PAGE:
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re:Virals 6

Welcome to re:Virals, The Haiku Foundation’s weekly poem commentary feature on some of the finest haiku ever written in English. This week’s poem was

     it's all
     I ever wanted . . .
     fireflies

          — H. Gene Murtha, The Heron's Nest XIV:4

Beth McFarland found the elegiac qualities of the poem compelling, and offered this dithyramb:

Some of us (the younger ones?) want it all. We want the fire! The more we want it, the more elusive it gets. What we try to grasp and capture isn’t always destined for us after all. If we do catch hold of something, the magic may be gone instantaneously.

At some point we realize that what’s out there for us is something bigger, way beyond our analyzing comprehension. The wonder of events we cannot control in their beauty. While it lasts, enjoy the elusive spectacle!

And Maureen Virchau personally echoes this quasi-mystical feeling:

It’s one of those perfect summer nights. The kind I’d like to bottle. Lightning bugs dart across the backyard, sprinkling the darkness with glitter. It’s nature in all its magical glory, and I don’t know how I manage not to burst with feelings of amazement. Stripped of the day’s burdens, I am reminded of myself as a child, chasing fireflies with a mason jar. Someday soon these particular insects will perish. Someday I will return to the soil as well. Life is temporary. Happiness is fleeting. Gratitude is forever.

But not everyone felt this was an unqualified success. Bertrand Agostini comments:

Although I am rather fond of the firefly image, this haiku has a somewhat ecstatic approach which I find too distant from the wabi-sabi philosophy of austerity and modesty (the use of the first person singular in the poem). True, the poem is economic and simple enough. Yet again, the poet’s personal desire is strong here. Perhaps I am too traditional, but I think a haiku should be devoid of egocentrism.

And Paul MacNeil found an echo of the poet’s life evident in the poem:

Gene died so recently. I knew him only via e-mail correspondence over the years, yet I “knew” him. This haiku represents a yearning for the peace that eluded Gene personally. He was not too unlike the 8th Century Chinese poet Li Po (Li Bai) whose death is apocryphally attributed to his trying to embrace the moon in its watery reflection.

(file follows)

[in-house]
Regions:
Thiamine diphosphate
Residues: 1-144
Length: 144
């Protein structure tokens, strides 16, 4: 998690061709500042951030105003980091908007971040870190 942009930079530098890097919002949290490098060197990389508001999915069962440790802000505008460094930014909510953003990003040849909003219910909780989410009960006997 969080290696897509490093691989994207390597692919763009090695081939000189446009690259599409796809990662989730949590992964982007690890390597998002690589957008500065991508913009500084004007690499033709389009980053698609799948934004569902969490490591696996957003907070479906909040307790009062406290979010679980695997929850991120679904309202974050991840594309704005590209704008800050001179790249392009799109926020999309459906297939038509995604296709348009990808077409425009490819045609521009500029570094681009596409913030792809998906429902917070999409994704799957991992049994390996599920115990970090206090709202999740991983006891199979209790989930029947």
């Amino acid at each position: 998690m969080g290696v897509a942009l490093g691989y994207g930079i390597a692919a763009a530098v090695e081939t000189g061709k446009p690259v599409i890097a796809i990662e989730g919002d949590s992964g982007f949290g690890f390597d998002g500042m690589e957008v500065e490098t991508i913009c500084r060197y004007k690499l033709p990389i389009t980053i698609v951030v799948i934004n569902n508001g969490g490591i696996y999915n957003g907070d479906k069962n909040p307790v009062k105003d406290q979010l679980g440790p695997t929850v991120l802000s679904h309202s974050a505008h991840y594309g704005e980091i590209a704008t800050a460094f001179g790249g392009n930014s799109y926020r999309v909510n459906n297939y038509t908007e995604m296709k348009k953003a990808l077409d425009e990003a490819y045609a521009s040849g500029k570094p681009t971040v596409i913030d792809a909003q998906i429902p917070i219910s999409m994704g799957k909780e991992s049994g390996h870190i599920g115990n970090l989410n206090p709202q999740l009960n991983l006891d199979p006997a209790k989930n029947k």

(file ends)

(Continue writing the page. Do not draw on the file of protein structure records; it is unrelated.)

The relaxed, slow beauty of firefly randomness is neither here nor there. Murtha was a naturalist and a wonderful observer and poet with such a troubled life. He reached out to fireflies perhaps to touch, to hold on to — and yet?

Peter Newton’s close analysis takes this week’s award. He writes:

One of the biggest challenges for any haiku poet these days is to tackle a familiar subject and make it new. Fireflies, for example, are an often written-about insect. To write about fireflies is to step through a veritable minefield of “spring breezes” and “autumn leaves.” That’s the level of difficulty I’m talking about when attempting to create a truly fresh and universal haiku with “fireflies.”

But Murtha, in his six-word poem gets right to work with the first word: “it’s.” Is it “it is” or “it was?” A nuance that invites a moment’s pause. And a contraction. Much like the bug itself. Though we do not know this yet. We begin the poem “in the dark” so to speak. “it’s all” 
What’s all? we are invited to ask. Sounds like something important. 
“I ever wanted” the poet answers as if we were strolling along side-by-side, reader and writer. But it could just as easily be an interior monologue. The self answers the self. In the middle of the poem we are in the midst of a familiar sentiment. The act of reminiscing. A throwback to childhood or some other youthful period in one’s life. A simple spontaneous realization, which could also function as an alternate definition of “firefly.”

And out of nowhere — in line three: “fireflies” appear ending the drama of the opening lines. Ah, mother nature, she snaps us out of it doesn’t she. Gets us out of our heads. With lightning speed line three rescues us from the ennui that often accompanies mulling over one’s past. What a welcome relief these little guys are. Fireflies. I didn’t know myself how much they can ease a life’s worries. How they can erase the past with the very instantaneuosness of their own existence.

The first part of the poem comes across as a question the reader must ask himself: what have I always ever wanted? The obvious answers are love, happiness. Or, to be loved, to be happy. But Murtha’s answer might be construed as a combination of both. Fireflies exist to mate. To perpetuate life. Seeing them ignites in us an age-old desire to be alive. Isn’t that all any of us has ever wanted?

virus2

As this week’s winner, Peter gets to choose next week’s poem, which you’ll find below. We invite you to write a commentary to it. It may be as long or short, academic or spontaneous, serious or silly, public or personal as you like. We will select out-takes from the best of these. And the very best will be reproduced in its entirety and take its place as part of the THF Archives. Best of all, the winning commentator gets to choose the next poem for commentary.

Anyone can participate. A new poem will appear each Friday morning. Simply put your commentary in the Contact box by the following Tuesday midnight (Eastern US Time Zone). Please use the subject header “re:Virals” so we know what we’re looking at. We look forward to seeing some of your favorite poems — and finding out why!

re:Virals 6:

     nothing
     I didn’t know
     before
     maple
     after
     maple

          — Melissa Allen, Notes from the Gean 3:2 (2011)
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